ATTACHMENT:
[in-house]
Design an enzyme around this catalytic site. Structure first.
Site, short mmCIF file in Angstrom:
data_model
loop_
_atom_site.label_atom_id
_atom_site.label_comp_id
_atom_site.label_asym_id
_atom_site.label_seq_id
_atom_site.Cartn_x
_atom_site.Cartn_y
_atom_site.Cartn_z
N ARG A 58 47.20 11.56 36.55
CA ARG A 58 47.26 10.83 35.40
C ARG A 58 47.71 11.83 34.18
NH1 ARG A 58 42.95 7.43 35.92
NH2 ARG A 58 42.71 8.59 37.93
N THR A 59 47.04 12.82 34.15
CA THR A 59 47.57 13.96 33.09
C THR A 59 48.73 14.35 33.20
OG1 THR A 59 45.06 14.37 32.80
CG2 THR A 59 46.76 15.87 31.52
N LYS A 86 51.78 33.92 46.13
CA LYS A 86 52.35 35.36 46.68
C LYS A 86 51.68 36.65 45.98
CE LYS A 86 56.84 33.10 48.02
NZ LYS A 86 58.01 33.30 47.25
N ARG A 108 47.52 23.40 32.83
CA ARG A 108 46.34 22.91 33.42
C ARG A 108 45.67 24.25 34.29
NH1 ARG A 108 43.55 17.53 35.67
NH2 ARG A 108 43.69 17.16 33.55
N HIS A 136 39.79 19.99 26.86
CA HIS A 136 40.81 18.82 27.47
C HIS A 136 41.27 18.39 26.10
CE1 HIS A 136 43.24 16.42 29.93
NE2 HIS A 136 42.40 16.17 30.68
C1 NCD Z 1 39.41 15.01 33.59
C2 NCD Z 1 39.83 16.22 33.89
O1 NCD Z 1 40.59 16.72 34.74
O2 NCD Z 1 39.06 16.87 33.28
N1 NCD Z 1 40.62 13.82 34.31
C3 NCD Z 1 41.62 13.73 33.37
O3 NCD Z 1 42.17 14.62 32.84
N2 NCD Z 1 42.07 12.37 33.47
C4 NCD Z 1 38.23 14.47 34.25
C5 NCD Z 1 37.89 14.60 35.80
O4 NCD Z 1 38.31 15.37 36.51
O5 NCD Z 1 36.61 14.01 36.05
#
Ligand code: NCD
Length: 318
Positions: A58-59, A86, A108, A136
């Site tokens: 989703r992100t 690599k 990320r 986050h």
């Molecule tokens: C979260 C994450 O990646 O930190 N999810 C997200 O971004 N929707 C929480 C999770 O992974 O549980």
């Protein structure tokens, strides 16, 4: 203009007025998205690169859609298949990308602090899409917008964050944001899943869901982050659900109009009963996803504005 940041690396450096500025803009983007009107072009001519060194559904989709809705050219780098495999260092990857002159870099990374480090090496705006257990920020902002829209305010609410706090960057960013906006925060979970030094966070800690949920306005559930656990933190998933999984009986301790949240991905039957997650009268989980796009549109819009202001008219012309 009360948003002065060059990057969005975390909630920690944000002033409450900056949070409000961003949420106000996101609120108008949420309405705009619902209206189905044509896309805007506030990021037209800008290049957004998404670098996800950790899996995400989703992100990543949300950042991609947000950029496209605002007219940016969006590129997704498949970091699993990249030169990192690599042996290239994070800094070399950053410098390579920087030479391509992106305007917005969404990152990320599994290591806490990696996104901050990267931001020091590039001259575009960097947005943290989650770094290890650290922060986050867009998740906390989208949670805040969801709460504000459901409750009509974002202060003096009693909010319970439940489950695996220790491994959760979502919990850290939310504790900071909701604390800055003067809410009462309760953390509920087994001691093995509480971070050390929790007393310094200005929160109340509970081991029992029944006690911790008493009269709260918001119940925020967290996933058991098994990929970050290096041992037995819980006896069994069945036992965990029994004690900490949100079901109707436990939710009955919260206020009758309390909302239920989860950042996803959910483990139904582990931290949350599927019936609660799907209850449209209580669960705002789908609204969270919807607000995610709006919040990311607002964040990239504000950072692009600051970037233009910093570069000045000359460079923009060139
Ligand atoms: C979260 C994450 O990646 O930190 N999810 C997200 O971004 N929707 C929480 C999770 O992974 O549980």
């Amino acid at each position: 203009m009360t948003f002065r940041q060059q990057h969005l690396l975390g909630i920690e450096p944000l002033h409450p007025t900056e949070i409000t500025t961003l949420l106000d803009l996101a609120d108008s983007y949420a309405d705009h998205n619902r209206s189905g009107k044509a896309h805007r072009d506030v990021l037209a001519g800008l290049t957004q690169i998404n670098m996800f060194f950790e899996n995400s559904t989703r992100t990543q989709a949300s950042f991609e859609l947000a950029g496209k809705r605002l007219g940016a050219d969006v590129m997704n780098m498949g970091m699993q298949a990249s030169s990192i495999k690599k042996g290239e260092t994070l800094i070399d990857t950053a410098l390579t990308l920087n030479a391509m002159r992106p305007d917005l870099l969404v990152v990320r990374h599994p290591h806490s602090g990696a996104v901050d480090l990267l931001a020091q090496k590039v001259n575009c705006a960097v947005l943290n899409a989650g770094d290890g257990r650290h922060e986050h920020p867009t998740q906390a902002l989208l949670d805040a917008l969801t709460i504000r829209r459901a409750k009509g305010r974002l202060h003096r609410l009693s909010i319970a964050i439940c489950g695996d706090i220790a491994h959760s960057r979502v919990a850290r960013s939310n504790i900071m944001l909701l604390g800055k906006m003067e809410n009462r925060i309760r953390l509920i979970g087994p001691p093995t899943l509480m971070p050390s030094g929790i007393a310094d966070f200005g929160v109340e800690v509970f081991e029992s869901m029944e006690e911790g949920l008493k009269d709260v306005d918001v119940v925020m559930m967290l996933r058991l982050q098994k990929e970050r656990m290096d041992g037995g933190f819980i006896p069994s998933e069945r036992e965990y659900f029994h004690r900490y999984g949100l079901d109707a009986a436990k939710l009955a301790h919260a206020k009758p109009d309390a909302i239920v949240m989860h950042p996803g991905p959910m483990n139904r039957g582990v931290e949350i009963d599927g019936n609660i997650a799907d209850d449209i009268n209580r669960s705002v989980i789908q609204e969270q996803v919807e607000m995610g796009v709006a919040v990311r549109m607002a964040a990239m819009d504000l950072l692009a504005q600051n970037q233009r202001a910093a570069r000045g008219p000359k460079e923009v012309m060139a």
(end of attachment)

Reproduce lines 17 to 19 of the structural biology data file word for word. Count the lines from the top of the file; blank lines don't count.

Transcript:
NH2 ARG A 58 42.71 8.59 37.93
N THR A 59 47.04 12.82 34.15
CA THR A 59 47.57 13.96 33.09